The funny thing about getting law grades back though is how all the students handle it. A handful took to Facebook, like me, announcing their relief and happiness. One brazen student even announced her actual grade on Facebook. I personally am not a fan of that method of expressing your thoughts on grades, but the thing is everyone wants to know everyone's grades. They go around cryptically asking about thoughts on grades hoping the other will spill the actual letter grade. They didn't announce our class rankings yet because it was only one group of us doing 2 summer classes, so this is how everyone pieces together the rankings. No one wants to be inferior to any other classmate, so it's like a game. I don't really like to announce my actual letter grades, and I even don't need to know others. I do wish there was a general graph of score distributions without names on them so I could compare myself though. In several of my undergrad and even a couple masters classes there was an anonymous graph like that through an online log in component where grades posted. I'd much prefer that to the scheming and dealing of law students trying to figure each other out for their own benefit.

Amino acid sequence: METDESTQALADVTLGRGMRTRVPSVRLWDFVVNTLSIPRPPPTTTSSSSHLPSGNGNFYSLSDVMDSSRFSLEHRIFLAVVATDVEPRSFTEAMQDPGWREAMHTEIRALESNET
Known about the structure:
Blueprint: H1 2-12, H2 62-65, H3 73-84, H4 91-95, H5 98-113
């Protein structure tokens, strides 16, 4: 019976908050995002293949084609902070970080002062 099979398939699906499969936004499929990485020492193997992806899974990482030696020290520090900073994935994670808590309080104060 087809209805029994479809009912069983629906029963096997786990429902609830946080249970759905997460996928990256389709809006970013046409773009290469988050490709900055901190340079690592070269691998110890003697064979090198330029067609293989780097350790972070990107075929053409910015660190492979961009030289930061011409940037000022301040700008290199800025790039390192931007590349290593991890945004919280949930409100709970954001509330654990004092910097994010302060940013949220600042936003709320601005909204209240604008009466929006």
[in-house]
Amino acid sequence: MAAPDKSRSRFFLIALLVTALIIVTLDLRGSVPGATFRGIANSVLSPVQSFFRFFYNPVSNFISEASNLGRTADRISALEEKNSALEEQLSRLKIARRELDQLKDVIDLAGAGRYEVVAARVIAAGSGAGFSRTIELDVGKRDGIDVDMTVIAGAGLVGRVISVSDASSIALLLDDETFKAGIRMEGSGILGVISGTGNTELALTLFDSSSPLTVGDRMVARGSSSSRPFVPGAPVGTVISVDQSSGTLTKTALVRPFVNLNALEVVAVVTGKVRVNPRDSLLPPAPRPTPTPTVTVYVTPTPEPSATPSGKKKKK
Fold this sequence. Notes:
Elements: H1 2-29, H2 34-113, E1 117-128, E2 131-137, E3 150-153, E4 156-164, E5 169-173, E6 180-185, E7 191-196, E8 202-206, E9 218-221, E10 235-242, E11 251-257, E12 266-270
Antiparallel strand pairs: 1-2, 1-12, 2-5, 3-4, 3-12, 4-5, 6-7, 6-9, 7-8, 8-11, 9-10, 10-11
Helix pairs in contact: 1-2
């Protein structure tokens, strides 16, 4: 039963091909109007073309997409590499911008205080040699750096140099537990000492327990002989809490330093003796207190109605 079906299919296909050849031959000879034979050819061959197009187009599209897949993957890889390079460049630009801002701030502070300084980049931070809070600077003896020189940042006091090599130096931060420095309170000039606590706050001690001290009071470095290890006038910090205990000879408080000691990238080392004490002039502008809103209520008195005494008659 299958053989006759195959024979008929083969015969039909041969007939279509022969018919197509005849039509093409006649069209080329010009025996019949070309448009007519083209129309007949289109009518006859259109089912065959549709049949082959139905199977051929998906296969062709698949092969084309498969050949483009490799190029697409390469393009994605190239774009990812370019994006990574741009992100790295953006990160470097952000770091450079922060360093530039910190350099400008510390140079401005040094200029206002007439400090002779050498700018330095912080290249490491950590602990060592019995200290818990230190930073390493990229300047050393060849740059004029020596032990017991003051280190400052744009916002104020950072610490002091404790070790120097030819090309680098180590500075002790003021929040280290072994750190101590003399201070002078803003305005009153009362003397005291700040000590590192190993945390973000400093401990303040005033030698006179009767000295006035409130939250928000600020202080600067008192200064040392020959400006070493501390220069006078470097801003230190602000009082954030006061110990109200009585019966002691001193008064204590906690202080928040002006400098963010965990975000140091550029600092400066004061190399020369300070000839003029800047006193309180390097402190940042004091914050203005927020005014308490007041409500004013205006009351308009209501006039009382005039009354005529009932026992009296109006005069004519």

In just the couple months of experience I have had with law school so far it seems that the school aspect does nothing but perpetuate the stereotypical lawyer-like scheming and game playing. The competitive nature of curved grades pits students against each other, each looking out for ultimately their own interest rather than the interest of all students and thus the future benefit of the entire legal profession. The high school like atmosphere with separate sections, classes picked for you, lockers, even a bell that signifies the start and end of class engenders cliques, gossip, and distractions from studying. Law school is full of scheming, lying, figuring out how to "win" or beat the others or get ahead. I don't see why law schools can't take the first step in breaking down this structure of competitive lying to better the legal profession as a whole. By the time students graduate, all they know is this life and work style they've been bred into, so naturally it spills into the professional realm.
At the end of each day and the end of law school, I have two ultimate goals. Get a quality job that makes me happy, but more importantly, to still be myself. I want to follow my values and stay true to myself each and every day of law school and my career, despite the scheming climate of law school and the legal world. Good grades or not, I just want to be myself each day.